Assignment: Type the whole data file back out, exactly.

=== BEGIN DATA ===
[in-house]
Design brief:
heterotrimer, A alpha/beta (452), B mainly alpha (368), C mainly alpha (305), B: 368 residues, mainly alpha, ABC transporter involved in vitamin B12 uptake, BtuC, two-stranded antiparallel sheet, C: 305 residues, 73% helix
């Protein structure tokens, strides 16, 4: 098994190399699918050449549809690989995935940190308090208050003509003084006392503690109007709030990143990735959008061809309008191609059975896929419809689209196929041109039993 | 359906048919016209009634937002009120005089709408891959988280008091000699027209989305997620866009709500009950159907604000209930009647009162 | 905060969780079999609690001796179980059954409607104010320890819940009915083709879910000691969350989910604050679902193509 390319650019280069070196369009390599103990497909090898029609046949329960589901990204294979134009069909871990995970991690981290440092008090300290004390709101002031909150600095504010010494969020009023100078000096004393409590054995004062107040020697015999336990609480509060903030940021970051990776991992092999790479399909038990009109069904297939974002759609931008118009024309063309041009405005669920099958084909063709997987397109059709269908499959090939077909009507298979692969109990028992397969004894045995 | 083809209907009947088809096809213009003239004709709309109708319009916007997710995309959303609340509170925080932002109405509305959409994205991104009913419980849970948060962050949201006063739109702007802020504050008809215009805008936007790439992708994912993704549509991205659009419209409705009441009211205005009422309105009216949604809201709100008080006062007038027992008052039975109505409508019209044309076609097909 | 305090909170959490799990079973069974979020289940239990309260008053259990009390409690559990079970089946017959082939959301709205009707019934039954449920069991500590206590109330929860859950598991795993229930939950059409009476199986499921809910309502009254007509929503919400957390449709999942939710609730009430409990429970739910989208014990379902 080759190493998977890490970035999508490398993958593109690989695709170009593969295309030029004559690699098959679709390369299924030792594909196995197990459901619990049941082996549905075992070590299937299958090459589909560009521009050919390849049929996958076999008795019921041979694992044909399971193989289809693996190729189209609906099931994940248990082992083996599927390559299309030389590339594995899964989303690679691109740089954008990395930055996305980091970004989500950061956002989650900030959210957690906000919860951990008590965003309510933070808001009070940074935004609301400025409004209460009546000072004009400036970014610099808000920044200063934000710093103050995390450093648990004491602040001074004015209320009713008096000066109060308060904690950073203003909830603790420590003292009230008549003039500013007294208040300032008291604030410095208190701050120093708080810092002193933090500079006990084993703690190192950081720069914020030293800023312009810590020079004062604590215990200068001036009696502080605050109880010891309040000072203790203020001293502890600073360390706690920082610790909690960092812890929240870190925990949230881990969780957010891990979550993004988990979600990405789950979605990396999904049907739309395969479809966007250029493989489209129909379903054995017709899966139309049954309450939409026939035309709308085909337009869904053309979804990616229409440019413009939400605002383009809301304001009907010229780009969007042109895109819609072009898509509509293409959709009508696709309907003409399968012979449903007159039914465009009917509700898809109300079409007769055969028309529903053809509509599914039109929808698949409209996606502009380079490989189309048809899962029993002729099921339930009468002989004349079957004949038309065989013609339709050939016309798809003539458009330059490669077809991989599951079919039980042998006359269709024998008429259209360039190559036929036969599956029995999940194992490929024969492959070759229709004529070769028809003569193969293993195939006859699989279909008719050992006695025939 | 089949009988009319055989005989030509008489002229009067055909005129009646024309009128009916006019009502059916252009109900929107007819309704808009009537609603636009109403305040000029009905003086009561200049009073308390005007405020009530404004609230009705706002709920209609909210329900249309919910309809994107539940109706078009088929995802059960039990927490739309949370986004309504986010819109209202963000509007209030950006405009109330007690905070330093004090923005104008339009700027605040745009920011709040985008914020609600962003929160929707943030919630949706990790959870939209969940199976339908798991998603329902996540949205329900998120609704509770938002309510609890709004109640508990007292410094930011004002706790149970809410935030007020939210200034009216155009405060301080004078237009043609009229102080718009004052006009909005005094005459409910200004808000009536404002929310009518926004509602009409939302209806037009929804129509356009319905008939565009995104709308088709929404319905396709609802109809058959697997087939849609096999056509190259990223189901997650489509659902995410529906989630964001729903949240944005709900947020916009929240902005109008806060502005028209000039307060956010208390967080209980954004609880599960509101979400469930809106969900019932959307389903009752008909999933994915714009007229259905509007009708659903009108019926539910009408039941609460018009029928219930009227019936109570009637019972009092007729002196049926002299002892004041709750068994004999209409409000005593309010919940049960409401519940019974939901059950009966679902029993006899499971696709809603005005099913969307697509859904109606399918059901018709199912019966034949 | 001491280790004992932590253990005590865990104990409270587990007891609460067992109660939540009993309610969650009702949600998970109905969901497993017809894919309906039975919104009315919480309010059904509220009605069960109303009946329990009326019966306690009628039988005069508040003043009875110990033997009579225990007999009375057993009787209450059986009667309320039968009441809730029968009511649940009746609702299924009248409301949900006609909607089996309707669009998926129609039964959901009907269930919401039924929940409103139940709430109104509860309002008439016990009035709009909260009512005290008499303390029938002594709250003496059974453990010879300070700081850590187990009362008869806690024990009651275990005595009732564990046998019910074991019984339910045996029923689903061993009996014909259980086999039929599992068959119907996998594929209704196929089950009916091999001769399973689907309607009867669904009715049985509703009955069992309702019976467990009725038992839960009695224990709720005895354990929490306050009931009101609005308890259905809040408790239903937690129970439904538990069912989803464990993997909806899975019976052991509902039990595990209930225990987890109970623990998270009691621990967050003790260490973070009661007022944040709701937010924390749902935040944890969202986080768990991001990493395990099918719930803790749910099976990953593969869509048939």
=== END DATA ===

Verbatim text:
[in-house]
Design brief:
heterotrimer, A alpha/beta (452), B mainly alpha (368), C mainly alpha (305), B: 368 residues, mainly alpha, ABC transporter involved in vitamin B12 uptake, BtuC, two-stranded antiparallel sheet, C: 305 residues, 73% helix
């Protein structure tokens, strides 16, 4: 098994190399699918050449549809690989995935940190308090208050003509003084006392503690109007709030990143990735959008061809309008191609059975896929419809689209196929041109039993 | 359906048919016209009634937002009120005089709408891959988280008091000699027209989305997620866009709500009950159907604000209930009647009162 | 905060969780079999609690001796179980059954409607104010320890819940009915083709879910000691969350989910604050679902193509 390319650019280069070196369009390599103990497909090898029609046949329960589901990204294979134009069909871990995970991690981290440092008090300290004390709101002031909150600095504010010494969020009023100078000096004393409590054995004062107040020697015999336990609480509060903030940021970051990776991992092999790479399909038990009109069904297939974002759609931008118009024309063309041009405005669920099958084909063709997987397109059709269908499959090939077909009507298979692969109990028992397969004894045995 | 083809209907009947088809096809213009003239004709709309109708319009916007997710995309959303609340509170925080932002109405509305959409994205991104009913419980849970948060962050949201006063739109702007802020504050008809215009805008936007790439992708994912993704549509991205659009419209409705009441009211205005009422309105009216949604809201709100008080006062007038027992008052039975109505409508019209044309076609097909 | 305090909170959490799990079973069974979020289940239990309260008053259990009390409690559990079970089946017959082939959301709205009707019934039954449920069991500590206590109330929860859950598991795993229930939950059409009476199986499921809910309502009254007509929503919400957390449709999942939710609730009430409990429970739910989208014990379902 080759190493998977890490970035999508490398993958593109690989695709170009593969295309030029004559690699098959679709390369299924030792594909196995197990459901619990049941082996549905075992070590299937299958090459589909560009521009050919390849049929996958076999008795019921041979694992044909399971193989289809693996190729189209609906099931994940248990082992083996599927390559299309030389590339594995899964989303690679691109740089954008990395930055996305980091970004989500950061956002989650900030959210957690906000919860951990008590965003309510933070808001009070940074935004609301400025409004209460009546000072004009400036970014610099808000920044200063934000710093103050995390450093648990004491602040001074004015209320009713008096000066109060308060904690950073203003909830603790420590003292009230008549003039500013007294208040300032008291604030410095208190701050120093708080810092002193933090500079006990084993703690190192950081720069914020030293800023312009810590020079004062604590215990200068001036009696502080605050109880010891309040000072203790203020001293502890600073360390706690920082610790909690960092812890929240870190925990949230881990969780957010891990979550993004988990979600990405789950979605990396999904049907739309395969479809966007250029493989489209129909379903054995017709899966139309049954309450939409026939035309709308085909337009869904053309979804990616229409440019413009939400605002383009809301304001009907010229780009969007042109895109819609072009898509509509293409959709009508696709309907003409399968012979449903007159039914465009009917509700898809109300079409007769055969028309529903053809509509599914039109929808698949409209996606502009380079490989189309048809899962029993002729099921339930009468002989004349079957004949038309065989013609339709050939016309798809003539458009330059490669077809991989599951079919039980042998006359269709024998008429259209360039190559036929036969599956029995999940194992490929024969492959070759229709004529070769028809003569193969293993195939006859699989279909008719050992006695025939 | 089949009988009319055989005989030509008489002229009067055909005129009646024309009128009916006019009502059916252009109900929107007819309704808009009537609603636009109403305040000029009905003086009561200049009073308390005007405020009530404004609230009705706002709920209609909210329900249309919910309809994107539940109706078009088929995802059960039990927490739309949370986004309504986010819109209202963000509007209030950006405009109330007690905070330093004090923005104008339009700027605040745009920011709040985008914020609600962003929160929707943030919630949706990790959870939209969940199976339908798991998603329902996540949205329900998120609704509770938002309510609890709004109640508990007292410094930011004002706790149970809410935030007020939210200034009216155009405060301080004078237009043609009229102080718009004052006009909005005094005459409910200004808000009536404002929310009518926004509602009409939302209806037009929804129509356009319905008939565009995104709308088709929404319905396709609802109809058959697997087939849609096999056509190259990223189901997650489509659902995410529906989630964001729903949240944005709900947020916009929240902005109008806060502005028209000039307060956010208390967080209980954004609880599960509101979400469930809106969900019932959307389903009752008909999933994915714009007229259905509007009708659903009108019926539910009408039941609460018009029928219930009227019936109570009637019972009092007729002196049926002299002892004041709750068994004999209409409000005593309010919940049960409401519940019974939901059950009966679902029993006899499971696709809603005005099913969307697509859904109606399918059901018709199912019966034949 | 001491280790004992932590253990005590865990104990409270587990007891609460067992109660939540009993309610969650009702949600998970109905969901497993017809894919309906039975919104009315919480309010059904509220009605069960109303009946329990009326019966306690009628039988005069508040003043009875110990033997009579225990007999009375057993009787209450059986009667309320039968009441809730029968009511649940009746609702299924009248409301949900006609909607089996309707669009998926129609039964959901009907269930919401039924929940409103139940709430109104509860309002008439016990009035709009909260009512005290008499303390029938002594709250003496059974453990010879300070700081850590187990009362008869806690024990009651275990005595009732564990046998019910074991019984339910045996029923689903061993009996014909259980086999039929599992068959119907996998594929209704196929089950009916091999001769399973689907309607009867669904009715049985509703009955069992309702019976467990009725038992839960009695224990709720005895354990929490306050009931009101609005308890259905809040408790239903937690129970439904538990069912989803464990993997909806899975019976052991509902039990595990209930225990987890109970623990998270009691621990967050003790260490973070009661007022944040709701937010924390749902935040944890969202986080768990991001990493395990099918719930803790749910099976990953593969869509048939």